for
drilling a lateral wellbore; and
milling said first window at said location through said casing for the
proposes of
drilling said lateral wellbore.

CLAIM 9. ~The method of claim 8 including the step of:
drilling a lateral wellbore at said first window.


15


CLAIM 10. The method of claim 1 including:
positioning an upper external packer in the primary wellbore to support a
portion
of the said liner assembly in said primary wellbore.
CLAIM 11. The method of claim 1 including:
using a clean out device to clean out excess cement and debris from said
primary
wellbore.
CLAIM 12. The method of claim 1 wherein said hook hanger comprises:
at least one longitudinal lip extending radially from said liner assembly and
shaped to engage said first window.
CLAIM 13. The method of claim 12 including:
at least two longitudinal lips having a shape substantially commensurate with
the
shape of a portion of said first window.
CLAIM 14. A method for completing a primary wellbore having a first window
therethrough and at least one lateral wellbore extending from said first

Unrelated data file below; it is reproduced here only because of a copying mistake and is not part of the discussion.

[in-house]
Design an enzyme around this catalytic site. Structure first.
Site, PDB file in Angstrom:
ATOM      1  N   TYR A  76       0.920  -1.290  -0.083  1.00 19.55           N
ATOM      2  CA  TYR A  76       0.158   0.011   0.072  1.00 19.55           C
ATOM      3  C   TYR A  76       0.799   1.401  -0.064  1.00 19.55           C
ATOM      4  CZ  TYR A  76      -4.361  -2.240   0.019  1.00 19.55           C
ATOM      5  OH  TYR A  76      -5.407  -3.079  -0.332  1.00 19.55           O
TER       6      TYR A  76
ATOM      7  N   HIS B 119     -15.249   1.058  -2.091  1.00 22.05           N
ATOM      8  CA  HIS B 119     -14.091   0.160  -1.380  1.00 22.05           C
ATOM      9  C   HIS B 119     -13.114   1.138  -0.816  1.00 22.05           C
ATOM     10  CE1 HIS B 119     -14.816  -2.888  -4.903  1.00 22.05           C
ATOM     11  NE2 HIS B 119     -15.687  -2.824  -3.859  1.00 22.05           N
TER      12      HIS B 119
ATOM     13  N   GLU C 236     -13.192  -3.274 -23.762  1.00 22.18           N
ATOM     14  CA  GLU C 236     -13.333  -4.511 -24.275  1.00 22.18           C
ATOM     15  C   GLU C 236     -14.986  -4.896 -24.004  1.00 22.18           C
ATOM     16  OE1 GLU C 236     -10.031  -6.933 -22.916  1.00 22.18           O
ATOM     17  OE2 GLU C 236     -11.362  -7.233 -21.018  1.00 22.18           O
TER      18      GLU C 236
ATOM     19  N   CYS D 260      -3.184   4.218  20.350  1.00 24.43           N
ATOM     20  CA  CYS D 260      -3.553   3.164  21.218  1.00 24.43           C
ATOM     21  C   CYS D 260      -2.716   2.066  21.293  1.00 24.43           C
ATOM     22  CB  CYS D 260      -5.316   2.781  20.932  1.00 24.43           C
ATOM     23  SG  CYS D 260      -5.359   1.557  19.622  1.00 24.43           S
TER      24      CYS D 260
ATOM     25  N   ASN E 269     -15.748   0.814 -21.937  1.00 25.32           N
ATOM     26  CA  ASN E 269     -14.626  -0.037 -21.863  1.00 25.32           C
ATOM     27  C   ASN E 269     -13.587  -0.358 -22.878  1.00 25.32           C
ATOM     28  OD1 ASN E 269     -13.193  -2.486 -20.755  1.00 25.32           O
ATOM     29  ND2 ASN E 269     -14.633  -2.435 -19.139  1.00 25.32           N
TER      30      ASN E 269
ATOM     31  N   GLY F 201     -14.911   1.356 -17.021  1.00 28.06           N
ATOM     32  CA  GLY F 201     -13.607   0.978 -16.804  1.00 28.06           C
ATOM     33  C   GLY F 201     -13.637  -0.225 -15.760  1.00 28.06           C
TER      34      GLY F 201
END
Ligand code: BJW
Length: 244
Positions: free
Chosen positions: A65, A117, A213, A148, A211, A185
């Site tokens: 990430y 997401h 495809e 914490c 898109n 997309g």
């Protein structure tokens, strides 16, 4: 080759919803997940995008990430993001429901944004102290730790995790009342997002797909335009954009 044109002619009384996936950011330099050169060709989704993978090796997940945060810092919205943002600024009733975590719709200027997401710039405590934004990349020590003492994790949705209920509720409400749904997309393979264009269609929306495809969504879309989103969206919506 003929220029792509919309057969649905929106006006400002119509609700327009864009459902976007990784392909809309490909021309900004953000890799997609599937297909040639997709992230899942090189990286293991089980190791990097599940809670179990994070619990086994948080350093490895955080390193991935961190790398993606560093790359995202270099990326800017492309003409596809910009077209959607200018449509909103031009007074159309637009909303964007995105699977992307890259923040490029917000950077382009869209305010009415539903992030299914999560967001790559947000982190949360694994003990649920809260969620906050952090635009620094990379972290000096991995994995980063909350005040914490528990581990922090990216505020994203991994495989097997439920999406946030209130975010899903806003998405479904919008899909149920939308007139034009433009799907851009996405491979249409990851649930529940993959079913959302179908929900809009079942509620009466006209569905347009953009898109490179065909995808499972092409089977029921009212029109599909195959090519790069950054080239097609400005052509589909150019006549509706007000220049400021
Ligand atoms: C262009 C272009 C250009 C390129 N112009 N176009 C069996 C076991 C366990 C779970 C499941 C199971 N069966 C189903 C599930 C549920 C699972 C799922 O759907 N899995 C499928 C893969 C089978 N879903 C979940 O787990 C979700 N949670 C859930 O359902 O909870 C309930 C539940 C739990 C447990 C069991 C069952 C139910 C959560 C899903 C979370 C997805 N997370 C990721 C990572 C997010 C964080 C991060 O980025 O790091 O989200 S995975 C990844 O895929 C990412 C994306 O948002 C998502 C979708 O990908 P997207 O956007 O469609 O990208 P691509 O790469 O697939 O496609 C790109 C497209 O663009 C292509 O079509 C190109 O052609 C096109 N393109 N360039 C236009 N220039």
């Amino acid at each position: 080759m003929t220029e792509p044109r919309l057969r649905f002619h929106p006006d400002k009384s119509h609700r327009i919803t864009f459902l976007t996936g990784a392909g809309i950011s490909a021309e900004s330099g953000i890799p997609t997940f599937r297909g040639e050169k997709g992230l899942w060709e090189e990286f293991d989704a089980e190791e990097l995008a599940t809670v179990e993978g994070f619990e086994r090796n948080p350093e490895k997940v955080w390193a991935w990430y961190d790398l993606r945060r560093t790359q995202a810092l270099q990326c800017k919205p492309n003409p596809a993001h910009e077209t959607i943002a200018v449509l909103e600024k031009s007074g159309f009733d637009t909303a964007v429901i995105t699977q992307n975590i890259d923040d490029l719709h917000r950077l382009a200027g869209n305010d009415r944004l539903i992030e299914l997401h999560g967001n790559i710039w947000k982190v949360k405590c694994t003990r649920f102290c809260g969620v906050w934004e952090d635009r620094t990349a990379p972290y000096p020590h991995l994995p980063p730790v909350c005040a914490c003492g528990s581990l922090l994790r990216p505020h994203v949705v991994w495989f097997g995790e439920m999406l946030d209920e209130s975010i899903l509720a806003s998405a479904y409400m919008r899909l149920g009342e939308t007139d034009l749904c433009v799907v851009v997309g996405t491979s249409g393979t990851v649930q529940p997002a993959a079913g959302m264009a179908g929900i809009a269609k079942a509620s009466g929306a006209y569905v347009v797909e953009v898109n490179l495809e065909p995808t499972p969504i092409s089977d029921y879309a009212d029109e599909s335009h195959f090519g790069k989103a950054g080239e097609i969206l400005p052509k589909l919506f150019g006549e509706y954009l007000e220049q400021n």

window,
comprising the steps of:
a) delivering a liner assembly into said primary wellbore and said lateral
wellbore, said liner assembly including a hook hanger to engage said first
window;
b) setting said hook hanger onto said first window;
c) delivering cement to an annulus defined by a space between said liner
assembly and said lateral wellbore at the junction of said primary wellbore
and said
lateral wellbore.



16


CLAIM 15. The method of claim 14 wherein said hook hanger
comprises:
at least one longitudinal lip extending radially from said liner assembly and
shaped to engage said first window.
CLAIM 16. The method of claim 15 including:
at least two longitudinal lips having a shape substantially commensurate with
the
shape of a portion of said first window.
CLAIM 17. A completed wellbore having a primary wellbore with a first window
therethrough and at least one lateral wellbore extending from said first
window,
comprising:
a liner assembly extending from said primary wellbore into said lateral
wellbore,
said liner assembly including a hook hanger engaged to said first window; and